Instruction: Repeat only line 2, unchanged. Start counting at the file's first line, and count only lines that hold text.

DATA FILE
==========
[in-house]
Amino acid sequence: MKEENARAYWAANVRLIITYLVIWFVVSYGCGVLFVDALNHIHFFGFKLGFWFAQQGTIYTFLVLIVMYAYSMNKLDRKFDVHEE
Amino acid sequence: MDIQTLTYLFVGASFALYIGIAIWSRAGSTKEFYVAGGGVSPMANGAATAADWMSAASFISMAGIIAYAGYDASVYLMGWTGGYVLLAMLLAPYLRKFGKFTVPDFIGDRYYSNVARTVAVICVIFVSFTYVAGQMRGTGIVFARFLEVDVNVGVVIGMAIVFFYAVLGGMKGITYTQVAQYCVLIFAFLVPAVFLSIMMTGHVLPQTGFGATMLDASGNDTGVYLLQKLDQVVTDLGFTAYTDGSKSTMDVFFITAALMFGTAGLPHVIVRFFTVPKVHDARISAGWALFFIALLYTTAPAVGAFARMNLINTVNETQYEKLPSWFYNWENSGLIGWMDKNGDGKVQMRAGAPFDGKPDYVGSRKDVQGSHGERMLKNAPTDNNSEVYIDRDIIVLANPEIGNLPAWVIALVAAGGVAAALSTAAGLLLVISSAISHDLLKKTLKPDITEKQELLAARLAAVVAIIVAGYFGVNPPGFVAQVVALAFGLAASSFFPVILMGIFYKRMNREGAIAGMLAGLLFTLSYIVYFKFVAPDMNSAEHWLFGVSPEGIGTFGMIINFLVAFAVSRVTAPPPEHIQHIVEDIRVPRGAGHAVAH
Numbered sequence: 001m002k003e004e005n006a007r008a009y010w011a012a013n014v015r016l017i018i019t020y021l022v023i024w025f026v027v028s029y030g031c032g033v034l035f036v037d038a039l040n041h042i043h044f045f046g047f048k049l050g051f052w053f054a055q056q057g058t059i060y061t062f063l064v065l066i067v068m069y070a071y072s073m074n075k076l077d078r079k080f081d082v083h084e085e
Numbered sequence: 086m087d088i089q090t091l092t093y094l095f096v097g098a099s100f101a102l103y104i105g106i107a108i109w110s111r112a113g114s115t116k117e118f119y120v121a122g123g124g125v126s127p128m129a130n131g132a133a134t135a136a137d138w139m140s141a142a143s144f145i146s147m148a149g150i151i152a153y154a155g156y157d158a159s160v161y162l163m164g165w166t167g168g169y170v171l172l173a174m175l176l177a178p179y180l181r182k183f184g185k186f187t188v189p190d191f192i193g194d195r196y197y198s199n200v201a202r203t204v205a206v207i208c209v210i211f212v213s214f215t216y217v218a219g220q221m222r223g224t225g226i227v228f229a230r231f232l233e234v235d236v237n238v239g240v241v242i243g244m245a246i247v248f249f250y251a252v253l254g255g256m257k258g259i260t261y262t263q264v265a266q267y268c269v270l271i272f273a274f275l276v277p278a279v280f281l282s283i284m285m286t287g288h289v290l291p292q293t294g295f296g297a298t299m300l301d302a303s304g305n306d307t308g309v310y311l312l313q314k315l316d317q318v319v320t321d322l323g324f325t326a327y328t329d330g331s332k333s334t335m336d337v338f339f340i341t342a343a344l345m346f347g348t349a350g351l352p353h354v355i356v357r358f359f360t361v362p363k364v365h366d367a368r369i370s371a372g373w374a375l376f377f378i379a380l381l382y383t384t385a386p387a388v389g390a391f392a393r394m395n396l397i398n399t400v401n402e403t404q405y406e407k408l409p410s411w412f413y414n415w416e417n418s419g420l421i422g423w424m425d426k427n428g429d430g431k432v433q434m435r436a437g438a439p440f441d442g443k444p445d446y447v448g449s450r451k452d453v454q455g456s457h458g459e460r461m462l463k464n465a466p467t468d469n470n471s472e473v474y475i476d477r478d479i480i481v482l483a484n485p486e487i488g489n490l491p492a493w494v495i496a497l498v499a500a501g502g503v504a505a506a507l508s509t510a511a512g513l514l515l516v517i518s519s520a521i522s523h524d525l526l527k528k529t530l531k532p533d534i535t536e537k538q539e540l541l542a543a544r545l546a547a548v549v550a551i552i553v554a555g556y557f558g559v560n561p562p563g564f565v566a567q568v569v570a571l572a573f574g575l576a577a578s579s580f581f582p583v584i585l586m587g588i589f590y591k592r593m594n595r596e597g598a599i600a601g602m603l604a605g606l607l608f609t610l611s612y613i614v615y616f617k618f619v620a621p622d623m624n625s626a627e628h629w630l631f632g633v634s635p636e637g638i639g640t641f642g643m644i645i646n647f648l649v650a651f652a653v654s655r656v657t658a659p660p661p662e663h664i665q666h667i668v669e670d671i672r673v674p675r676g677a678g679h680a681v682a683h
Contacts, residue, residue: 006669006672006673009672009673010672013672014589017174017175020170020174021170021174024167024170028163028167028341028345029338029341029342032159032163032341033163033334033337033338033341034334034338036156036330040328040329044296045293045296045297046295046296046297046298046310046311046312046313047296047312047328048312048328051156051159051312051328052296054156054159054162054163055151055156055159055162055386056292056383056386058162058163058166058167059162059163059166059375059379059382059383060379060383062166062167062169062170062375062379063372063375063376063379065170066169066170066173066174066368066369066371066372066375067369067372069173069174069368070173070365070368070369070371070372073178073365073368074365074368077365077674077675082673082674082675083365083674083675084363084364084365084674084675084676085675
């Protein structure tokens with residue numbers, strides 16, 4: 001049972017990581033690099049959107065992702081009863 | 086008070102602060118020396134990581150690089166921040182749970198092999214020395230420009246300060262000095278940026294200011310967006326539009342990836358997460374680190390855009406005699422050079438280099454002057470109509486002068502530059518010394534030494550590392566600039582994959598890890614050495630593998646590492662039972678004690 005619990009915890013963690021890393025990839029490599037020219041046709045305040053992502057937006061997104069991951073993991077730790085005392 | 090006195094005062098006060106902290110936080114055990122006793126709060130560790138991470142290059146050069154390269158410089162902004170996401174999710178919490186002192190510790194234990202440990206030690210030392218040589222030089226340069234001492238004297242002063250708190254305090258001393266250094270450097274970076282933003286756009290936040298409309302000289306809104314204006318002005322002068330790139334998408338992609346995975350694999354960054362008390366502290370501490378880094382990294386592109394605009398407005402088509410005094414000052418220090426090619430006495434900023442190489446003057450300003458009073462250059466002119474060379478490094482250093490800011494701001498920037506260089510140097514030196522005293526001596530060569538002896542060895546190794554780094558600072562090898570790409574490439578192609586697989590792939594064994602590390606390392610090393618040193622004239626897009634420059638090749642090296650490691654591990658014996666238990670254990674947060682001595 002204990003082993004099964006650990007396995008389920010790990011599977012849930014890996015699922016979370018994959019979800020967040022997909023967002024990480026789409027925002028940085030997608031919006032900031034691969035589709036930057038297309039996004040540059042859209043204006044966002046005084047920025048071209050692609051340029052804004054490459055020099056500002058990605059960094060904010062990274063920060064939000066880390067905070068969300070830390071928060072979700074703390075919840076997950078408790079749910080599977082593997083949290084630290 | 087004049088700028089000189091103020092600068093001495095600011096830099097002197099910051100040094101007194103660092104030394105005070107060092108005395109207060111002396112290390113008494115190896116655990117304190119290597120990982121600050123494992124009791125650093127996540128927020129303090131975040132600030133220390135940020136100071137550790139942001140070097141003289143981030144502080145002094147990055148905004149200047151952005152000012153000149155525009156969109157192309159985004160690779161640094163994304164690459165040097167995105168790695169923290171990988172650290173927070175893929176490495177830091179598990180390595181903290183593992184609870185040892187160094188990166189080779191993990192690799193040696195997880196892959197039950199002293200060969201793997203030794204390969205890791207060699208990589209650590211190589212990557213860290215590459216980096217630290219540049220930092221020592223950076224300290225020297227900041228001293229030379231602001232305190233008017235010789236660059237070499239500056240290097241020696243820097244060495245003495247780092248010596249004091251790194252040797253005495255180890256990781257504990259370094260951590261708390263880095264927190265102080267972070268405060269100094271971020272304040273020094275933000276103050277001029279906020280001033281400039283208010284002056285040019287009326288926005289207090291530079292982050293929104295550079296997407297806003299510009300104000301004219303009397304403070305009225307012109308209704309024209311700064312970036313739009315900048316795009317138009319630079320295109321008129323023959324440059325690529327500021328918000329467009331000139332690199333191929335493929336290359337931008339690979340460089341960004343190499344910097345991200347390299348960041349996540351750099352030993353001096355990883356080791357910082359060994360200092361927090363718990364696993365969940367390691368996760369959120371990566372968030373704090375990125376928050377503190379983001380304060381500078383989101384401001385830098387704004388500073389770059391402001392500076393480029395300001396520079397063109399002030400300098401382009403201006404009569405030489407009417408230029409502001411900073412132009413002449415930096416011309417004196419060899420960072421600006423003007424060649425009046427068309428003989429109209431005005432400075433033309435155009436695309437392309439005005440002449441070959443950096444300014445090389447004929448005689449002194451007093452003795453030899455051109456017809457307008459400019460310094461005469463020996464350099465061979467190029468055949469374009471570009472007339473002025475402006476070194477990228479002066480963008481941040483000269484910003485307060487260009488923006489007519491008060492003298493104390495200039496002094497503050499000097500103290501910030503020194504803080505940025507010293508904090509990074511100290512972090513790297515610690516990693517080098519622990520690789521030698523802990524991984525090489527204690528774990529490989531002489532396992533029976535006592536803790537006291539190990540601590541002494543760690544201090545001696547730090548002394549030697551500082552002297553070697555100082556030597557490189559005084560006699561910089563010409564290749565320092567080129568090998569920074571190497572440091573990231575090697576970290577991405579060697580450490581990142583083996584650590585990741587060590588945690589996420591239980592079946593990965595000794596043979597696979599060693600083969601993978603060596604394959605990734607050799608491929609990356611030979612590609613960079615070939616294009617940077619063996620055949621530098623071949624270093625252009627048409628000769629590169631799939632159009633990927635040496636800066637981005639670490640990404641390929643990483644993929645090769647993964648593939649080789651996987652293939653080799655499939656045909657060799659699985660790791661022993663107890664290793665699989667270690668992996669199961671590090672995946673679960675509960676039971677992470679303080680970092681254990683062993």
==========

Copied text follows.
Amino acid sequence: MKEENARAYWAANVRLIITYLVIWFVVSYGCGVLFVDALNHIHFFGFKLGFWFAQQGTIYTFLVLIVMYAYSMNKLDRKFDVHEE